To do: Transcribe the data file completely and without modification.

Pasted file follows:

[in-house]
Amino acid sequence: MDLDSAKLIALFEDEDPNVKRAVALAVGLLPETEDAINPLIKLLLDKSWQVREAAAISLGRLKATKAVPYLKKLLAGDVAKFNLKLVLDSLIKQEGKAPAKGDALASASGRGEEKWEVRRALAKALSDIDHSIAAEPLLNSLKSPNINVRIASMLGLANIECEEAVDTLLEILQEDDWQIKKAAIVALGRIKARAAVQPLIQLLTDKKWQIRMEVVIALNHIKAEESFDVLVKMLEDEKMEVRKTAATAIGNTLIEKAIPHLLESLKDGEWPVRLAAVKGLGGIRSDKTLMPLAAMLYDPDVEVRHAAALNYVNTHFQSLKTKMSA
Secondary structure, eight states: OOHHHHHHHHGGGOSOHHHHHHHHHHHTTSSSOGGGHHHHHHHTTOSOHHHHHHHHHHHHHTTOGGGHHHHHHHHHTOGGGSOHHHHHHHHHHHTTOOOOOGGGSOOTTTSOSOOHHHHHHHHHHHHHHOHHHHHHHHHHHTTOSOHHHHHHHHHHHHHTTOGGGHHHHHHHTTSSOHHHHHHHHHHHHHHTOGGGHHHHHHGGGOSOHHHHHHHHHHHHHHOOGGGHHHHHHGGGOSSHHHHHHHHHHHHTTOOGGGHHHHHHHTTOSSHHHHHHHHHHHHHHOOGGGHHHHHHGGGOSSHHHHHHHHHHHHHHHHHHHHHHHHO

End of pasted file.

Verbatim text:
[in-house]
Amino acid sequence: MDLDSAKLIALFEDEDPNVKRAVALAVGLLPETEDAINPLIKLLLDKSWQVREAAAISLGRLKATKAVPYLKKLLAGDVAKFNLKLVLDSLIKQEGKAPAKGDALASASGRGEEKWEVRRALAKALSDIDHSIAAEPLLNSLKSPNINVRIASMLGLANIECEEAVDTLLEILQEDDWQIKKAAIVALGRIKARAAVQPLIQLLTDKKWQIRMEVVIALNHIKAEESFDVLVKMLEDEKMEVRKTAATAIGNTLIEKAIPHLLESLKDGEWPVRLAAVKGLGGIRSDKTLMPLAAMLYDPDVEVRHAAALNYVNTHFQSLKTKMSA
Secondary structure, eight states: OOHHHHHHHHGGGOSOHHHHHHHHHHHTTSSSOGGGHHHHHHHTTOSOHHHHHHHHHHHHHTTOGGGHHHHHHHHHTOGGGSOHHHHHHHHHHHTTOOOOOGGGSOOTTTSOSOOHHHHHHHHHHHHHHOHHHHHHHHHHHTTOSOHHHHHHHHHHHHHTTOGGGHHHHHHHTTSSOHHHHHHHHHHHHHHTOGGGHHHHHHGGGOSOHHHHHHHHHHHHHHOOGGGHHHHHHGGGOSSHHHHHHHHHHHHTTOOGGGHHHHHHHTTOSSHHHHHHHHHHHHHHOOGGGHHHHHHGGGOSSHHHHHHHHHHHHHHHHHHHHHHHHO